The Wordtracker Academy
How anyone can create a profitable web content strategy
A well planned site structure improves your chances of ranking well in Google's results. So, today, we’re going to look at how to set up your site’s structure - so that the search engines find our best and most profitable content and your site's visitors have a great experience.
Successful search engine optimization (SEO) requires inbound links from quality relevant websites. Using extracts from their book "The Definitive Guide to Link Building (2013 edition)", Ken McGaffin and Mark Nunney here outline the definitive steps in a successful, long term link building campaign ...
In his latest "Content ideas" article Nick Usborne explains how to get more interest in your articles by turning them into tutorials.
With every search you make on Google, you are given suggestions for alternative related searches. Nick Usborne recommends using these related searches as ideas for new content on your site.
For both planning the structure of the content of a new website and finding ideas for specific articles and posts, Nick Usborne recommends you buy some books, read and study.
The calendar is packed full of special days from Martin Luther King Day to, er, Talk Like A Pirate Day and Superman's birthday. Nick Usborne shows you how to use special days to make special content your readers will like and share.
Google’s Panda update has reminded us all that engaging quality content is essential for online success. Nick Usborne, author of Wordtracker’s new book 101 Web Content Ideas, Tips and Resources, shares three ways to make your content more valuable to readers and more shareable.
How many keywords do each of your website’s pages target? One? Two? With the help of our old friend, the long tail of keywords, Mark Nunney shows how you can optimize a single page for over 10,000 keywords if you ‘target the head and exploit the tail’.
And that brings us to the end of the Sean d'Souza's nine-part headline writing course. So let’s summarize: What did he cover?
In part seven of his nine-part headline writing course, Sean D'Souza shows how using headlines in testimonials can make all the difference when it comes to making them stand out from all the rest.
And he doesn't just put testimonials into headlines. He gives them a twist that might transform the performance of your sales pages. Find the secret in part seven of Sean's nine-part headline writing course
Your headlines are the doorways to your site. But if you look at headlines, you’ll find that most websites have headlines that are weak, wimpy and uninviting - they are barriers to entry. In part six of his nine-part headline writing course, Sean D'Souza shows you how to make your headlines prominent, different and free from obstructions.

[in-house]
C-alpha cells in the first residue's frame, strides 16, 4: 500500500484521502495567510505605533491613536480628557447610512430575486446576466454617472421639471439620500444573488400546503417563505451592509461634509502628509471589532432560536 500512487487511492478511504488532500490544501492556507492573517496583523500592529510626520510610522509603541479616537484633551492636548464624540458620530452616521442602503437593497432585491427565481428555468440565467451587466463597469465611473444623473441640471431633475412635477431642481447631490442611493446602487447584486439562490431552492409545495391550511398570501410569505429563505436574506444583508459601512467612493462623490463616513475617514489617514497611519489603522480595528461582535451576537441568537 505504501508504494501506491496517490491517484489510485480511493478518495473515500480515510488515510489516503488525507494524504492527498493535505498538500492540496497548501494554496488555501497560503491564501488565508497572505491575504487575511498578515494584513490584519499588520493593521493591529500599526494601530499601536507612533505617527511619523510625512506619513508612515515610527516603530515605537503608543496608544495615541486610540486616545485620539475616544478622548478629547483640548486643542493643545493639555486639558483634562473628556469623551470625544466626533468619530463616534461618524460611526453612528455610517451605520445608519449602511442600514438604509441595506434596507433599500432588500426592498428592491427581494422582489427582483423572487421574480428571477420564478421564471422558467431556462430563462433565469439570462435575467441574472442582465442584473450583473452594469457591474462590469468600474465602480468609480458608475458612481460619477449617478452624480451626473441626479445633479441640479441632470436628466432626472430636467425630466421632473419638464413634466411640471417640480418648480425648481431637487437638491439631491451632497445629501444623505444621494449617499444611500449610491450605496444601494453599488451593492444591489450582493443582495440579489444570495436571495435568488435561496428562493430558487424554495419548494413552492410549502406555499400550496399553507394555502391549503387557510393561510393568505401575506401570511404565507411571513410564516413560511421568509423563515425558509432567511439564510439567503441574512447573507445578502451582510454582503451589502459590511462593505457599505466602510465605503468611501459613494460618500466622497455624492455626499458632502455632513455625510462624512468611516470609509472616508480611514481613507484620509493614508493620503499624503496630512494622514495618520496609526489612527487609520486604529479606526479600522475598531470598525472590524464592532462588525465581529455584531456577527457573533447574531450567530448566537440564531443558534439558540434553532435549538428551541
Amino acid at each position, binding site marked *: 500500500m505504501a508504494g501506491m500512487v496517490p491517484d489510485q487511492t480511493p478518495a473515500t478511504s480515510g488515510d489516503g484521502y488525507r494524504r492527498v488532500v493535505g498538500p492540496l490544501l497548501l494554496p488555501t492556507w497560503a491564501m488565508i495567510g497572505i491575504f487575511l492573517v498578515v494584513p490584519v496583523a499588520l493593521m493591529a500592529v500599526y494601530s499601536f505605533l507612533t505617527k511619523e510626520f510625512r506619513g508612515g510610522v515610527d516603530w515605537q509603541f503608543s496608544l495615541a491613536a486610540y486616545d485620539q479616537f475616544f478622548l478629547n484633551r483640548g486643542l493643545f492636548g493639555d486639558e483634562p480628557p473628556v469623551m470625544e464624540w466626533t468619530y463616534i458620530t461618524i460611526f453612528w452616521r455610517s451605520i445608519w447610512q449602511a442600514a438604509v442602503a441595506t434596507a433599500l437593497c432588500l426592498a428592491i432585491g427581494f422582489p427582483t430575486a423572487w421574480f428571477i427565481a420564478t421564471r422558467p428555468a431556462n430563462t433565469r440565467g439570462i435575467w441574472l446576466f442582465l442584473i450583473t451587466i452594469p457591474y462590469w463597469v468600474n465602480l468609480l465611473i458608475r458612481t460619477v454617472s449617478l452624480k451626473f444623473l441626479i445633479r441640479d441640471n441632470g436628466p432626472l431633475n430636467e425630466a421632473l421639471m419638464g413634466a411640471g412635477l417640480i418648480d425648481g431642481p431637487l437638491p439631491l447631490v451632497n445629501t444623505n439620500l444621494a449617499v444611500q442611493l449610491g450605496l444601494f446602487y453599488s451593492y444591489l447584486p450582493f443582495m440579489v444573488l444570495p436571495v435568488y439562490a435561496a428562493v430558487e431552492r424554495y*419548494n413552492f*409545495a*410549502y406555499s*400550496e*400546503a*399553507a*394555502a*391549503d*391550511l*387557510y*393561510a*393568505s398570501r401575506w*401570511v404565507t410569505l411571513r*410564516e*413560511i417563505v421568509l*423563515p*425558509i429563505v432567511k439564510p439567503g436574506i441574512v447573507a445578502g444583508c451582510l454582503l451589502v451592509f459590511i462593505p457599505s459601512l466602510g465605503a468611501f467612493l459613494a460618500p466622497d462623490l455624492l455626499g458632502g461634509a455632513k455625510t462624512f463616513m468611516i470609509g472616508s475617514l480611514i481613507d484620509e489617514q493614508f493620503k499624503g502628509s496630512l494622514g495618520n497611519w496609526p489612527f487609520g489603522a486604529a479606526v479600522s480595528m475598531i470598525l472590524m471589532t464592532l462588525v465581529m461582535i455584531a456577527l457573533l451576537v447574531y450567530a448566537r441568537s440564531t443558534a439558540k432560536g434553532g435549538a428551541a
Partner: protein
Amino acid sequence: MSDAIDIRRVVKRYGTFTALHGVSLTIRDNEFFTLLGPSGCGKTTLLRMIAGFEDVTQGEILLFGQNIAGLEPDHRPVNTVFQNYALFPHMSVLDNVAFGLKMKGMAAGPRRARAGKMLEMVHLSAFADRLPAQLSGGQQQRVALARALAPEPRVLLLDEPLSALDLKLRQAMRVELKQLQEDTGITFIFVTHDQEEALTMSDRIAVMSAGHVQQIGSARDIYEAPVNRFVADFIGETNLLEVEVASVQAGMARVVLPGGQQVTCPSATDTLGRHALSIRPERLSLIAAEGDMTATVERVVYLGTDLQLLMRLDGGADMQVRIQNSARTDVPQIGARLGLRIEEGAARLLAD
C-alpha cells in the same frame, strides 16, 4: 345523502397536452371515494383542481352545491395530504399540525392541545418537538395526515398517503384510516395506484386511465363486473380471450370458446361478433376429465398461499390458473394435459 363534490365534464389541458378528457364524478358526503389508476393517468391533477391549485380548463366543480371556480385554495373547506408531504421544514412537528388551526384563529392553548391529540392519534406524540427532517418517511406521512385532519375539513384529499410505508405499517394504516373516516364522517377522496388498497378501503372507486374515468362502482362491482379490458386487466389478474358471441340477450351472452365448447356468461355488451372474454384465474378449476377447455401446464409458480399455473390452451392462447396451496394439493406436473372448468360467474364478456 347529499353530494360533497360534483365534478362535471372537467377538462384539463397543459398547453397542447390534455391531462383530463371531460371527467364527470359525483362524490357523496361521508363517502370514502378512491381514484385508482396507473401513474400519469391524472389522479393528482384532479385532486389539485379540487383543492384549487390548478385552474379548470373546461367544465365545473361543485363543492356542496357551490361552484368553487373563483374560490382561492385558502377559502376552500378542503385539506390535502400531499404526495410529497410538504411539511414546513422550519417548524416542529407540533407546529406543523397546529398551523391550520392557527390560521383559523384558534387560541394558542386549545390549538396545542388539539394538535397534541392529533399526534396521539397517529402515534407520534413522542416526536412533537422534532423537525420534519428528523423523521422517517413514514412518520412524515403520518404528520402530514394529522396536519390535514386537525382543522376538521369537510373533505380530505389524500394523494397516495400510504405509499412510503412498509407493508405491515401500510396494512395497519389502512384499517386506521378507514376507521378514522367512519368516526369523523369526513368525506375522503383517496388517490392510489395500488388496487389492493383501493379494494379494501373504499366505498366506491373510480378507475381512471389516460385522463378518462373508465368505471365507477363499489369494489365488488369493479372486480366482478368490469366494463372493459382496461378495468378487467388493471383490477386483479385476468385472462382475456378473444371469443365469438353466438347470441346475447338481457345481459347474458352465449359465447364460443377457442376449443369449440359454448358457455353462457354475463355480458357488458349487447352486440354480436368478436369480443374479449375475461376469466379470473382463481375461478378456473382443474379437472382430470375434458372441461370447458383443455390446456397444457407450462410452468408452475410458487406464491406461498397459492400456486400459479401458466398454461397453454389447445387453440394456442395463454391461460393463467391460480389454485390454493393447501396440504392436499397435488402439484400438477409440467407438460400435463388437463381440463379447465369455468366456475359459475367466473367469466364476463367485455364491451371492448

One headline may work 50 times better than the next. But how do you actually know which headline is really going to work? Shouldn’t you be testing? Oh golly, you should be testing, but what if you had just one shot at sending out a sales letter? How could you make that shot really count? Let’s find why most copywriters goof up, and goof up consistently.
Sean d’Souza explains how to use the power of ‘new’ and ‘knew’ to write intensely powerful headlines. Hint: ‘new’ is including something new and intriguing; ‘knew’ is using the familiar so you’ll be understood. Read on to learn how to weave them together. (This is part three of an 9-part series on writing perfect headlines by the author of "The Secret Life of Testimonials". Find out more about the book and order "The Secret Life of Testimonials" now. Further 'lessons' will be published over the next seven weeks.)
So how do you confuse a reader? Hey, it’s really easy. You remember what we did in Part 1? We put in a clear target, and then we added a specific, right? Well, two’s company. Three’s just bloomin' chaos. You’re just about to find out how to systematically create chaos. So that when you do you can chop, change and get yourself the headline that you really want.
Sean D'Souza asks 'why customers buy?' and headline writing is a key part of his answer. Here, Sean tells you how to write specific, jargon-free headlines that will help you sell.
Regular readers will know that in the past few newsletters we have published three different articles on our SEO expert Mark Nunney. Believe it or not, all of these articles came from one interview. In this article, I want to show you how you can get as much content for your site from one interview.
Every day we make observations, basing important decisions and forming judgments as a result of them. The power of observation is another one of those off the page processes we go through which can determine the content we choose to put online. In the latest chapter of our Web Content Recipe Book we look at how active observational skills can enhance the direction and quality of your website's content. This is taken from Wordtracker's "Web Content Recipe Book"
Inspirational quotes can come from just about anywhere – a book, a song, something your grandma used to say. As long as it gets the cogs in your brain turning, it probably has the potential to inspire an article. This is taken from Wordtracker's "Web Content Recipe Book"
Wordtracker has been busy cooking up a new Web Content Recipe book for our readers to glean ideas for content for their website. The second in our series is an article about where ideas come from and how to act on them. This is an extract from Wordtracker's "Web Content Recipe Book"